The cause of his death has not been made public
Legendary Jamaican toaster U-Roy has died at the age of 78, Trojan Records have confirmed. The cause of his death has not been revealed.
Before there was grime and drill… before there was hip-hop or ragga… before even The Last Poets… there was U-Roy. The man born Ewart Beckford in Kingston, Jamaica wasn't the first Jamaican deejay to pick up a microphone to lively up the dance, but he pushed the 'toasting' style to new heights – and, crucially, was one of the first to get what had until then been a purely live phenomenon in Jamaican dancehalls down on record.
First making his name with the Sir George The Atomic soundsystem, U-Roy then moved over to the Sir Coxsone Down Beat sound, later briefly returning to Sir George before hooking up with King Tubby on Duke Reid's soundsystem in 1969. Tubby's work with Reid in the studio as well as on the sound gave U-Roy access to limited dubplates of Duke Reid productions, which he would toast over – often answering the sung verses of the original production.
It was his thus-styled take on The Paragons' rocksteady hit Wear You To The Ball that propelled him to reggae stardom. In his wake would follow a legion of imitators and emulators, including such seminal figures as Big Youth, Dillinger and Dennis Alcapone, while U-Roy himself would remain a giant of the reggae world right up to his final years: his last album, Talking Roots, was released in 2018 and another called Gold, featuring collaborations with Sly & Robbie, Youth, Shaggy, Ziggy Marley and The Clash's Mick Jones, was recorded in 2019 and is due to be released this summer.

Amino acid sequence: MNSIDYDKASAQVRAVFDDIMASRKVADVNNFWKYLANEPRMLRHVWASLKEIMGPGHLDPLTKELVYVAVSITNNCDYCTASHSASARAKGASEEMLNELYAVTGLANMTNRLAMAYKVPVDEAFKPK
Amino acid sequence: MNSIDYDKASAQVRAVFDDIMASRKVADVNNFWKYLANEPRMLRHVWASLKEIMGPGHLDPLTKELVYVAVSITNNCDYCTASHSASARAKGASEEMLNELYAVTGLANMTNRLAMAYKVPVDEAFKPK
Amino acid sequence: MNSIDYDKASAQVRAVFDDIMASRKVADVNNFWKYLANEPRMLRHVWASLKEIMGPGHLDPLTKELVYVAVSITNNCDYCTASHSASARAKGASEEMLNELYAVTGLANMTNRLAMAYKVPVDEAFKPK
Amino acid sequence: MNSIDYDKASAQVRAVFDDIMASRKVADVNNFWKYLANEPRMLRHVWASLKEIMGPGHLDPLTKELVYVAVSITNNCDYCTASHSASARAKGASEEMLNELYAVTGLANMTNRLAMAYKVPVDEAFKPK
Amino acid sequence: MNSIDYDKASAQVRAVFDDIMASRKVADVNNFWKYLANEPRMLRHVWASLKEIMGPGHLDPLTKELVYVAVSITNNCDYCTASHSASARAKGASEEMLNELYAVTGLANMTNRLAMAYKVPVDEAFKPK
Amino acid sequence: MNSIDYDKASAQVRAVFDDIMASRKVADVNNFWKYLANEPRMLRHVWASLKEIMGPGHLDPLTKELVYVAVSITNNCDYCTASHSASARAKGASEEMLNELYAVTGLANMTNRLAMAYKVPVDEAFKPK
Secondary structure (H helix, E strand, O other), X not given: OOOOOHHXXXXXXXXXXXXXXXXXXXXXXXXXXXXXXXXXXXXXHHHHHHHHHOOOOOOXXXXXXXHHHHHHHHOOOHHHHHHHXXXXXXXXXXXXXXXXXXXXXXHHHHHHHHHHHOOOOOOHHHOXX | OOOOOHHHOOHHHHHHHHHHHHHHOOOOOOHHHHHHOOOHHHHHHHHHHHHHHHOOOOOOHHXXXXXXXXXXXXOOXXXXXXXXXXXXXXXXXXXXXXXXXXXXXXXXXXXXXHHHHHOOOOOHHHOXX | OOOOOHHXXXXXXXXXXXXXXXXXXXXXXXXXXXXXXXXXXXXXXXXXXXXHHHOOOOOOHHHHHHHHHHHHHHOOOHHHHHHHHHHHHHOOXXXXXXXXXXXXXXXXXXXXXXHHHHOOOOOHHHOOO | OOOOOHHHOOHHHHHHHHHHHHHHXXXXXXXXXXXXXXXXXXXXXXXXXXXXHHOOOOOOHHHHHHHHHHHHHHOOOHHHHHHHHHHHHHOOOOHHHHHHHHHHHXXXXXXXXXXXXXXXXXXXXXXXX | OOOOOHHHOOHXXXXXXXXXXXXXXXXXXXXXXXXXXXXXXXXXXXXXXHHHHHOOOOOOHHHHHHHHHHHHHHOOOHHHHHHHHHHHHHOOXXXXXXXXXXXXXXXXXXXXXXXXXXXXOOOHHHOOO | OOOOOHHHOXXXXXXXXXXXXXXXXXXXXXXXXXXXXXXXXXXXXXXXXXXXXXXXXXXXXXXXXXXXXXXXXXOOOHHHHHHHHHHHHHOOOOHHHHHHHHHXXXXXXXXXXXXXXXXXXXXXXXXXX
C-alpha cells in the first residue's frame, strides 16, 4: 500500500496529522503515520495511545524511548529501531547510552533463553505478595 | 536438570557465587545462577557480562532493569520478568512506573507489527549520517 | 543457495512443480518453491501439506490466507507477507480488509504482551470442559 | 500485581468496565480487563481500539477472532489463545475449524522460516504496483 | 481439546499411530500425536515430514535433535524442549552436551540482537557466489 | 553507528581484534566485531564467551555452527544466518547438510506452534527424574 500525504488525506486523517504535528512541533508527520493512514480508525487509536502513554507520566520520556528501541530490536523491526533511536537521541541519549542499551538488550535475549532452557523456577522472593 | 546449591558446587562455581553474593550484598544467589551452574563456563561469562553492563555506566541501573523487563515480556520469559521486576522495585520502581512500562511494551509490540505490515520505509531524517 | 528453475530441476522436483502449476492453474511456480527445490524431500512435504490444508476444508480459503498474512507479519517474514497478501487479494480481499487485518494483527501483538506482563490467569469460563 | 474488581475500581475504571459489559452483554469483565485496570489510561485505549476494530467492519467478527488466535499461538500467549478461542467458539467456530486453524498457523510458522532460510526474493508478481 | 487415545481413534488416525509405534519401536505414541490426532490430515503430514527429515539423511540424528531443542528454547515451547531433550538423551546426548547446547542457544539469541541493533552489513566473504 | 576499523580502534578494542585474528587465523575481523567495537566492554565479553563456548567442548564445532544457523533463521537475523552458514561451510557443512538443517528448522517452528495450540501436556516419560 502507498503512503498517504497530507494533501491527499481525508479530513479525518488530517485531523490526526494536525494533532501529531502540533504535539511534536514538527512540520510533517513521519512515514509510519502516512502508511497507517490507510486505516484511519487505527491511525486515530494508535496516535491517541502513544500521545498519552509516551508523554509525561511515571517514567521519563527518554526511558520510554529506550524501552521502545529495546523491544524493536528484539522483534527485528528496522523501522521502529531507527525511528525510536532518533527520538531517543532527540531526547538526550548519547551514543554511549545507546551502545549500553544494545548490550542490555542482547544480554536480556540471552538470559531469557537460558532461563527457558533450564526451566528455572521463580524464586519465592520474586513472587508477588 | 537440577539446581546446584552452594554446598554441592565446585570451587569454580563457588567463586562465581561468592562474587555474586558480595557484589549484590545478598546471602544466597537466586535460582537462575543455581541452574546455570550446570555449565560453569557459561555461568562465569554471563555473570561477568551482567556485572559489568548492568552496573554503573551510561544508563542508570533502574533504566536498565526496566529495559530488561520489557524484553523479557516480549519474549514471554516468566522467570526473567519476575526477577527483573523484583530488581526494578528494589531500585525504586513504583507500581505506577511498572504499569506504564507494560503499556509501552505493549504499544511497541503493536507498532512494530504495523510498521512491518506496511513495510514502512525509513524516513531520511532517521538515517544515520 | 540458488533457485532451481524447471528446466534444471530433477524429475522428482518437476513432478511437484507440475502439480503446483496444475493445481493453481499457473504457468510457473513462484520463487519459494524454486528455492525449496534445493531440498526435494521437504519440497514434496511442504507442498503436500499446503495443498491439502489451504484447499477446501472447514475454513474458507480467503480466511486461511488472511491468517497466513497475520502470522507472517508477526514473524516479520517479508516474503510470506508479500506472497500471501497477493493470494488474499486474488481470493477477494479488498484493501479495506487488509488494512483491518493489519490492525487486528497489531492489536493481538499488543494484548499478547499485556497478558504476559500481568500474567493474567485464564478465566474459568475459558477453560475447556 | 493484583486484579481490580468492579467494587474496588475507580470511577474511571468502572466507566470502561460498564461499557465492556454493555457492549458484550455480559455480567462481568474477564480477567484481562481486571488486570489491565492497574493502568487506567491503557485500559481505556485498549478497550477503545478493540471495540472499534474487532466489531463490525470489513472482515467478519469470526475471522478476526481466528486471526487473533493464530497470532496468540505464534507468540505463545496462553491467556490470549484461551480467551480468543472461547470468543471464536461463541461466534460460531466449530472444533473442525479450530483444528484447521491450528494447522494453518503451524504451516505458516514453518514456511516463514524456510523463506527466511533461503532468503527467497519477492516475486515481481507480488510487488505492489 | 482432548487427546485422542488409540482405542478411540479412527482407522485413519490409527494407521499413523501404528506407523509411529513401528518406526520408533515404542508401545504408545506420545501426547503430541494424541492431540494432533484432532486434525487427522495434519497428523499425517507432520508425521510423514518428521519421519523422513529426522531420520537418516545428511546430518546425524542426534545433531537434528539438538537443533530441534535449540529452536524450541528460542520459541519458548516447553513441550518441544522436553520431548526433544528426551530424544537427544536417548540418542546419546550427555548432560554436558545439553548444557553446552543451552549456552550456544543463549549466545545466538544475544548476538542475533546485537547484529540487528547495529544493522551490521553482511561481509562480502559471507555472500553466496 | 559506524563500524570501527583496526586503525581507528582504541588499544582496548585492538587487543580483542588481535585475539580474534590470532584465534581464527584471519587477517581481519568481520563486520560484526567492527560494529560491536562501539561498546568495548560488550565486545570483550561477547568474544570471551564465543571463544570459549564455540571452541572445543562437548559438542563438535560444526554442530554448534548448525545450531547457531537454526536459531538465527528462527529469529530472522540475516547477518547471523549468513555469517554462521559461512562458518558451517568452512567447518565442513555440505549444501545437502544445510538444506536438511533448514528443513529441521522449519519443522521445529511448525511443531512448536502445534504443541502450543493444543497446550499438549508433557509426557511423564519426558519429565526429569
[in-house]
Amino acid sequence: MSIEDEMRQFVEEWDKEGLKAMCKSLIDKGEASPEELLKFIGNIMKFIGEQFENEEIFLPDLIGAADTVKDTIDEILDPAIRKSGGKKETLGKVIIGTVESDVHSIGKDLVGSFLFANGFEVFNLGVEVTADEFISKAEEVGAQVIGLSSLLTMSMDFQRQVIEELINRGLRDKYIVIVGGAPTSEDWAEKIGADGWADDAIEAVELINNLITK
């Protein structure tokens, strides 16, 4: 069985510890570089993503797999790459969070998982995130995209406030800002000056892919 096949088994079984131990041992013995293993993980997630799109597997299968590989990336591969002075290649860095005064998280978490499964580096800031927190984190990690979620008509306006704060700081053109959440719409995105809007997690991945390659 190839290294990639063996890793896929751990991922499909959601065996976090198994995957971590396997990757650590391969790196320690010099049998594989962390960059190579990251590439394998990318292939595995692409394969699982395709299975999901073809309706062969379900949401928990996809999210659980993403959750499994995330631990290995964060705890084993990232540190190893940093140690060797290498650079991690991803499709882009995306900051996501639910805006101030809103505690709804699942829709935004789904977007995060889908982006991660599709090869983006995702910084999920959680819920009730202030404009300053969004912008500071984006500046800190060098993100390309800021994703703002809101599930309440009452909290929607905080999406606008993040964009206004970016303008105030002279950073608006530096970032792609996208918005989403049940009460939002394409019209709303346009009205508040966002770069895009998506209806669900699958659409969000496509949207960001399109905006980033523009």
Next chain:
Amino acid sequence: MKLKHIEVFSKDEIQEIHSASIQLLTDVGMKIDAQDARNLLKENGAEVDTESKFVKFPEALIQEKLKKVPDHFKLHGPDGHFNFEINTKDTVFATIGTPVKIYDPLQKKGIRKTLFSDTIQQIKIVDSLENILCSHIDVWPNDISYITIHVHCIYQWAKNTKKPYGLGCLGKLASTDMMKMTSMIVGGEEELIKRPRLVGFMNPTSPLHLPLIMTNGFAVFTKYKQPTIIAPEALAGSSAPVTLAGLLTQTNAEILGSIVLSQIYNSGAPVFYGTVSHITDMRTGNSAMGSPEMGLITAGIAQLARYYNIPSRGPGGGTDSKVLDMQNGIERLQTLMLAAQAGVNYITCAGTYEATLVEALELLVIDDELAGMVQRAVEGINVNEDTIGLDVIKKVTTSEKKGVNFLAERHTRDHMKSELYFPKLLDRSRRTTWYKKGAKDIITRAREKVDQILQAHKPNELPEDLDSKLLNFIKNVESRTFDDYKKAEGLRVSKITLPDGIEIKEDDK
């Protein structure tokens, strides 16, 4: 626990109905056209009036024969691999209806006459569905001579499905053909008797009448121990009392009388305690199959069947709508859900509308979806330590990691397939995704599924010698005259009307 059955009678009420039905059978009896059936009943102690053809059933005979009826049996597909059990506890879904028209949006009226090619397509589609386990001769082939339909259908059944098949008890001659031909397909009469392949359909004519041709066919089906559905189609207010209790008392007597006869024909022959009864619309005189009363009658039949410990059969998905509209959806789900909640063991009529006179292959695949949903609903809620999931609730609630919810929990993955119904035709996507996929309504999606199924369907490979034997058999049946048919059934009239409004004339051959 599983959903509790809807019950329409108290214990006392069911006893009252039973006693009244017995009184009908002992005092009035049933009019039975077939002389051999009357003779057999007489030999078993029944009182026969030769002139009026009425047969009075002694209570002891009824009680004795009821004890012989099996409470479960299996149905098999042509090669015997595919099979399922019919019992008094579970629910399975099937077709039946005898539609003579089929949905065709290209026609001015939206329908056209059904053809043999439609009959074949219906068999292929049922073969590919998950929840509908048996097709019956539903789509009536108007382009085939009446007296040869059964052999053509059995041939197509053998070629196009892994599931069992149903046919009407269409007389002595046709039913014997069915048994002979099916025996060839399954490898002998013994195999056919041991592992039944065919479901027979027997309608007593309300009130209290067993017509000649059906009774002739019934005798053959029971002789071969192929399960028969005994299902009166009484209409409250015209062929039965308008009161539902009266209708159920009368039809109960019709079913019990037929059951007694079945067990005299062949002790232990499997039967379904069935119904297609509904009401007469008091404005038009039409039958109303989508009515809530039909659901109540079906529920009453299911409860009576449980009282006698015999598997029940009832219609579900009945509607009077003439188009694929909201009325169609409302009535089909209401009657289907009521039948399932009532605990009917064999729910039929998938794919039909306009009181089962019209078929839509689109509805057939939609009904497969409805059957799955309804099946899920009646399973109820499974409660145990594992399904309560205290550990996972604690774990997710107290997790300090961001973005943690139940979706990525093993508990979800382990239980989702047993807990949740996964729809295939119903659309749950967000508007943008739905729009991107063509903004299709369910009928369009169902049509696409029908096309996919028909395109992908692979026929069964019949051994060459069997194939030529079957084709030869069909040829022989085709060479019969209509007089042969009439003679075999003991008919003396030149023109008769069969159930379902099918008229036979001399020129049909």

Had U-Roy's influence stopped there, he'd still be a bona fide musical giant – but it didn't. Because when a young Kool DJ Herc moved from Jamaica to Queens a few years later, he took with him not just his soundsystem but the whole concept of having an MC talking over records. In New York, though, they renamed this phenomenon rap…
A lifelong Rastafarian, in 2007, U-Roy was awarded Jamaica's Order of Distinction, in recognition of his services to music. And quite rightly so: it's no exaggeration to say that every MC and rapper on the planet is forever in his debt.
RIP one of the most seminal figures in music over the past 50 years.